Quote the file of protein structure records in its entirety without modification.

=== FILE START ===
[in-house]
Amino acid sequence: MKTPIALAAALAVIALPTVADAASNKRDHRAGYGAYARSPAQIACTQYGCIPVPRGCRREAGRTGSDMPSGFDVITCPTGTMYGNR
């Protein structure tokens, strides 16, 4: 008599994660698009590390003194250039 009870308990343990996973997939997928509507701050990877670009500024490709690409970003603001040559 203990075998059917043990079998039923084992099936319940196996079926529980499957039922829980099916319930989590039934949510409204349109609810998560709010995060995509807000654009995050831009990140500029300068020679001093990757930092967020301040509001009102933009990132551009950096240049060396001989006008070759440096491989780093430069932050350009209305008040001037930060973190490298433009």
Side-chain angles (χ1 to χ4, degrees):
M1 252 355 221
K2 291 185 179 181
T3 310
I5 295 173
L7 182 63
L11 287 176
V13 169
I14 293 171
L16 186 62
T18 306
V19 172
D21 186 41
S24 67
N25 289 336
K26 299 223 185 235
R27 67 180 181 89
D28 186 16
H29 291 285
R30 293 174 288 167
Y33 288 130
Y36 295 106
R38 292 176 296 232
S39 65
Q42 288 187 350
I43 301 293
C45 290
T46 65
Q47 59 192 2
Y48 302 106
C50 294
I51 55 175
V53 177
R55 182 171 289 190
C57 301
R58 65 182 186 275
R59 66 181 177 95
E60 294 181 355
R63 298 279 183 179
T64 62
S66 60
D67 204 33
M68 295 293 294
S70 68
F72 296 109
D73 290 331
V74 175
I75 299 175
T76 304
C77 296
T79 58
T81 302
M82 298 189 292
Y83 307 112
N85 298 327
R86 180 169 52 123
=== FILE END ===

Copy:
[in-house]
Amino acid sequence: MKTPIALAAALAVIALPTVADAASNKRDHRAGYGAYARSPAQIACTQYGCIPVPRGCRREAGRTGSDMPSGFDVITCPTGTMYGNR
């Protein structure tokens, strides 16, 4: 008599994660698009590390003194250039 009870308990343990996973997939997928509507701050990877670009500024490709690409970003603001040559 203990075998059917043990079998039923084992099936319940196996079926529980499957039922829980099916319930989590039934949510409204349109609810998560709010995060995509807000654009995050831009990140500029300068020679001093990757930092967020301040509001009102933009990132551009950096240049060396001989006008070759440096491989780093430069932050350009209305008040001037930060973190490298433009």
Side-chain angles (χ1 to χ4, degrees):
M1 252 355 221
K2 291 185 179 181
T3 310
I5 295 173
L7 182 63
L11 287 176
V13 169
I14 293 171
L16 186 62
T18 306
V19 172
D21 186 41
S24 67
N25 289 336
K26 299 223 185 235
R27 67 180 181 89
D28 186 16
H29 291 285
R30 293 174 288 167
Y33 288 130
Y36 295 106
R38 292 176 296 232
S39 65
Q42 288 187 350
I43 301 293
C45 290
T46 65
Q47 59 192 2
Y48 302 106
C50 294
I51 55 175
V53 177
R55 182 171 289 190
C57 301
R58 65 182 186 275
R59 66 181 177 95
E60 294 181 355
R63 298 279 183 179
T64 62
S66 60
D67 204 33
M68 295 293 294
S70 68
F72 296 109
D73 290 331
V74 175
I75 299 175
T76 304
C77 296
T79 58
T81 302
M82 298 189 292
Y83 307 112
N85 298 327
R86 180 169 52 123